While I'm 3K miles away where 100K a year is considered below the poverty line so I can't speak to your rate and such. What i can say is this, when it comes down to brass tacks, I don't care about being anyone's "guy" appreciation is shown with dead presidents period. I keep my options open and if you have other options before you ask for a raise, all the better, if he doesn't want to lose you, he'll pay you more. If you're gassing your own van, picking up mats for jobs and getting reimbursed then you should be paid accordingly and not just as a carpy.
That being said, your question is tossing a lot against the wall to see what sticks. Perhaps it would be better to distill it down some and see if we can focus it a little better.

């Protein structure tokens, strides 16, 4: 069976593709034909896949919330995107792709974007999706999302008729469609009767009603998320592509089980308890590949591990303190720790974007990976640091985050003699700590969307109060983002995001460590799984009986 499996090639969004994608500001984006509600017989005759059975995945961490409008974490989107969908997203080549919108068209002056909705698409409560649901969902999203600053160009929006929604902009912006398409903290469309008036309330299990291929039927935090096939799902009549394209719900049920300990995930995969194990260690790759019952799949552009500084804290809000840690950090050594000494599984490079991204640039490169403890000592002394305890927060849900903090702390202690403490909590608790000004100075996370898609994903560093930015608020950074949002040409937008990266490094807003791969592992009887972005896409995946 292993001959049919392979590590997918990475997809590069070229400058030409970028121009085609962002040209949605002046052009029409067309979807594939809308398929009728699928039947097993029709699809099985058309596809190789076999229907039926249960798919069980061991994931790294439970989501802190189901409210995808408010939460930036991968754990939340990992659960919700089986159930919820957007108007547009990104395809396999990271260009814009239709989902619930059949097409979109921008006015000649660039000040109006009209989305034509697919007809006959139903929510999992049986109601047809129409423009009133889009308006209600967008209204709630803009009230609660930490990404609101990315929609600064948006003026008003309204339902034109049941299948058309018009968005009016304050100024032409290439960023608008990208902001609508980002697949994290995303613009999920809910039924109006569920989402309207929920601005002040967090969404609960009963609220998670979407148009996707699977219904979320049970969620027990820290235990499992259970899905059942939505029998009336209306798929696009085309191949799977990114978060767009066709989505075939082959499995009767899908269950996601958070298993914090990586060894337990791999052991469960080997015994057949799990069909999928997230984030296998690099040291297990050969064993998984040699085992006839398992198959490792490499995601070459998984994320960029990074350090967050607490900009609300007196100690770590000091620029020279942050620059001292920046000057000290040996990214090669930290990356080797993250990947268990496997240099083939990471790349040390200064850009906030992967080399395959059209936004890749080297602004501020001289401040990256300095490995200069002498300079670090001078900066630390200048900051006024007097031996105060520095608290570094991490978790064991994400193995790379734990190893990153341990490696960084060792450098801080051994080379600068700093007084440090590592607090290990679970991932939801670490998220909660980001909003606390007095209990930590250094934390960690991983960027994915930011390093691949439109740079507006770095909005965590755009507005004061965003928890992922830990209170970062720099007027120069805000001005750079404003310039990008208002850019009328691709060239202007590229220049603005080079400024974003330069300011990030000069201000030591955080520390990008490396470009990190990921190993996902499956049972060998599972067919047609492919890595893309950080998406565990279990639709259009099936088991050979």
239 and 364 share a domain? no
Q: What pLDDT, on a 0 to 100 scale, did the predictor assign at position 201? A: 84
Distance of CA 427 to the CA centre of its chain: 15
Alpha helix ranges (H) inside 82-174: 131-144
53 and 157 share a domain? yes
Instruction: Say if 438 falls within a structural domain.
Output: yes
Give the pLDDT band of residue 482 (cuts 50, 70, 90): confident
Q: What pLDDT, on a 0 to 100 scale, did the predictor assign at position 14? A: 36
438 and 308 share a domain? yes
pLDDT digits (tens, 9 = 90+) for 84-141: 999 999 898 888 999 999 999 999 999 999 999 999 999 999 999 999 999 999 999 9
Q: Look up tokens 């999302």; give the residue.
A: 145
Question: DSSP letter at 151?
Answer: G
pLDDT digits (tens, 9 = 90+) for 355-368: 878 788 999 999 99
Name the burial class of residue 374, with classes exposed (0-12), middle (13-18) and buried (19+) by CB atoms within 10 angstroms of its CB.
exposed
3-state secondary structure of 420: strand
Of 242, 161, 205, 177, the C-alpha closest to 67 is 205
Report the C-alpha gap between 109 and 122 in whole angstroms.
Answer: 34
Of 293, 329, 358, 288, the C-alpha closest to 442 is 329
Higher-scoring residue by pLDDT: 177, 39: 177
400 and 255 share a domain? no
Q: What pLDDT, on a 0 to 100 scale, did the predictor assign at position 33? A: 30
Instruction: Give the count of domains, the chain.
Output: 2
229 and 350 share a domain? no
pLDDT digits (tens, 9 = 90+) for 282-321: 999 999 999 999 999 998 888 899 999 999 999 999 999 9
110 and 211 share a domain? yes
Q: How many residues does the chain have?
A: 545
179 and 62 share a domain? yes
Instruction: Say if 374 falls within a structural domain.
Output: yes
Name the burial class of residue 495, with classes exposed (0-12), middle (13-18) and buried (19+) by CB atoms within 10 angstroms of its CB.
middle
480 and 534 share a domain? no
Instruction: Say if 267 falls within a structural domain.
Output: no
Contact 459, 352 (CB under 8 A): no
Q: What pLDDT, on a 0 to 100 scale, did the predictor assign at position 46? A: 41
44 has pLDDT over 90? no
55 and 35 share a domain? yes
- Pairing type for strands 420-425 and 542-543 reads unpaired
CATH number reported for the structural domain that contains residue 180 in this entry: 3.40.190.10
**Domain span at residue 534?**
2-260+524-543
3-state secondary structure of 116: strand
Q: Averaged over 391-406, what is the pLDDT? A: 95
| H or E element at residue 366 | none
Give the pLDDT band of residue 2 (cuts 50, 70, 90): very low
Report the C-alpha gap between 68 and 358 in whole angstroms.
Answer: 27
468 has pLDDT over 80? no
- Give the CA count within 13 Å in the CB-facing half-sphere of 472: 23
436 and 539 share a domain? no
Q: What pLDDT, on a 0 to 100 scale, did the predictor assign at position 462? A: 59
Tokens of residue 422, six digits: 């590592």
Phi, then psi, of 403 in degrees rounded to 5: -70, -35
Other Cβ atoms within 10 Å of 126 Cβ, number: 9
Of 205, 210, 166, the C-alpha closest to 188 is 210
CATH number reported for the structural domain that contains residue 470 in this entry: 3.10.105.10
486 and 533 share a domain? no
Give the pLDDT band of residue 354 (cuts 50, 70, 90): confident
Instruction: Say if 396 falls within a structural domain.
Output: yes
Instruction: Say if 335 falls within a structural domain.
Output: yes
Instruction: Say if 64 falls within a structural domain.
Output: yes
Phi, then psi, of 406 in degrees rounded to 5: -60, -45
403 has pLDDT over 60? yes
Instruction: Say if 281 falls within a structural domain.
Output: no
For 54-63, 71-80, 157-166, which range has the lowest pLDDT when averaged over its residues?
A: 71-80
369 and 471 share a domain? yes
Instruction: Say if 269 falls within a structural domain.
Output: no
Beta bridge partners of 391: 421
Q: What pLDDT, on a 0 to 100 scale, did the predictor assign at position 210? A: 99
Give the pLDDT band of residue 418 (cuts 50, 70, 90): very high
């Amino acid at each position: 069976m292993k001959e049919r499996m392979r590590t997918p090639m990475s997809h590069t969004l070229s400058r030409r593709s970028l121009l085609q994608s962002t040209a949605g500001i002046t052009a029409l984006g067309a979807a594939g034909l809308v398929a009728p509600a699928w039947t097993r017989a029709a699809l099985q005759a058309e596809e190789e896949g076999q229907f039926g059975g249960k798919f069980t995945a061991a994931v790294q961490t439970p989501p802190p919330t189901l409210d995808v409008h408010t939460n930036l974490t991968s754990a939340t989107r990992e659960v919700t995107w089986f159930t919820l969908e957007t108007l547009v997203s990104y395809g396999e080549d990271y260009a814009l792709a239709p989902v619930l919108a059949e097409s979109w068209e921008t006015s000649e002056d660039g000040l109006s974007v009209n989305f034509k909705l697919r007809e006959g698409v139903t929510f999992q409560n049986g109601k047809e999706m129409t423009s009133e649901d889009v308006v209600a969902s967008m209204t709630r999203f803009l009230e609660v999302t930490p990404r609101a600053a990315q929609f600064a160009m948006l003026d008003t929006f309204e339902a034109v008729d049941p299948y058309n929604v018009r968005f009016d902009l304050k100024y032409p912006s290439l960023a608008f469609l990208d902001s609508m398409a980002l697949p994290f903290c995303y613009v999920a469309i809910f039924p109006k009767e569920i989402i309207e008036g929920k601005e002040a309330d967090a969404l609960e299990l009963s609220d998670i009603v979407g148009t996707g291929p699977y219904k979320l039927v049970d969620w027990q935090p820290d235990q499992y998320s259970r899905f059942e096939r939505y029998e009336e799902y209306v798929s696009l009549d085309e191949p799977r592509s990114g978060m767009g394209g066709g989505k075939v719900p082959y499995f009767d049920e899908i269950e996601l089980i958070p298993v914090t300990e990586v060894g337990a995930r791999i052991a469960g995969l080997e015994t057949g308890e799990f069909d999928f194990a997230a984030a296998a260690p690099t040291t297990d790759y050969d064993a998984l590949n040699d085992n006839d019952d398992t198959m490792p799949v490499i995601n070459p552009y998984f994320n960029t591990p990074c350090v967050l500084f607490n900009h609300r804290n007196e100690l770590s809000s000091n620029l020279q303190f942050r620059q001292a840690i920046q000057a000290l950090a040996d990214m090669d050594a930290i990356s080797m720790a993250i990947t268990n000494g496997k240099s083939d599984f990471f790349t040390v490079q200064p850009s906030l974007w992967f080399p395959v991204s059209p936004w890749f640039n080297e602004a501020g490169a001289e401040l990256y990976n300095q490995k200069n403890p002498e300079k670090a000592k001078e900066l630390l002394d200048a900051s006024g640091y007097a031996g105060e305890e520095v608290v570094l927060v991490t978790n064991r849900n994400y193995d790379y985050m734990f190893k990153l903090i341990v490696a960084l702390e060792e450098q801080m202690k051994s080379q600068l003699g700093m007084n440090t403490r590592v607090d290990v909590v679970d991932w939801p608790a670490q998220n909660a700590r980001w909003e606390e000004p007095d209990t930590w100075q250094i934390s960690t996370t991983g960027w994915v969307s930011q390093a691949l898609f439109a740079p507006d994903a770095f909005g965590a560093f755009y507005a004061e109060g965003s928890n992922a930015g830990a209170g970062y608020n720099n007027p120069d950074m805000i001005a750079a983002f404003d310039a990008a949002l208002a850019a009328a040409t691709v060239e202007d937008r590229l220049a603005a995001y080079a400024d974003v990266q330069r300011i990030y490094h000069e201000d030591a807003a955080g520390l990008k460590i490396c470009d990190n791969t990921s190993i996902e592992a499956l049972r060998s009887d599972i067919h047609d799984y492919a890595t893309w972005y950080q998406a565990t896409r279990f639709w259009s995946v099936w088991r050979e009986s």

Being a GC is being EVERYTHING, a babysittier, a bank, hiring, firing, selling yourself, hunting for work, listening to clients bitch, wanting to throttle building inspectors, making money, losing money, licensees, insurances, bonds for specific jobs, an accountant, taxes, taxes, taxes, payroll WORKMAN COMP INSURANCE (ridiculous amounts of money you will spend on this for even just one single employee). Every single state and local pencil neck who can screw with you and cost you money will. Your laborer forgot to put waddle around a storm drain and the local sanitation dept screams at you, nail-off done wrong? Fail inspection, do it again. Client suddenly gets weird when you need a check for payroll Friday? Tough. Guys don't show up, subs ghost you, schedules get blown and you end up thinking about your business day and night. You can never find good people and why can't people just show up and do their damn jobs????? It can be effin brutal.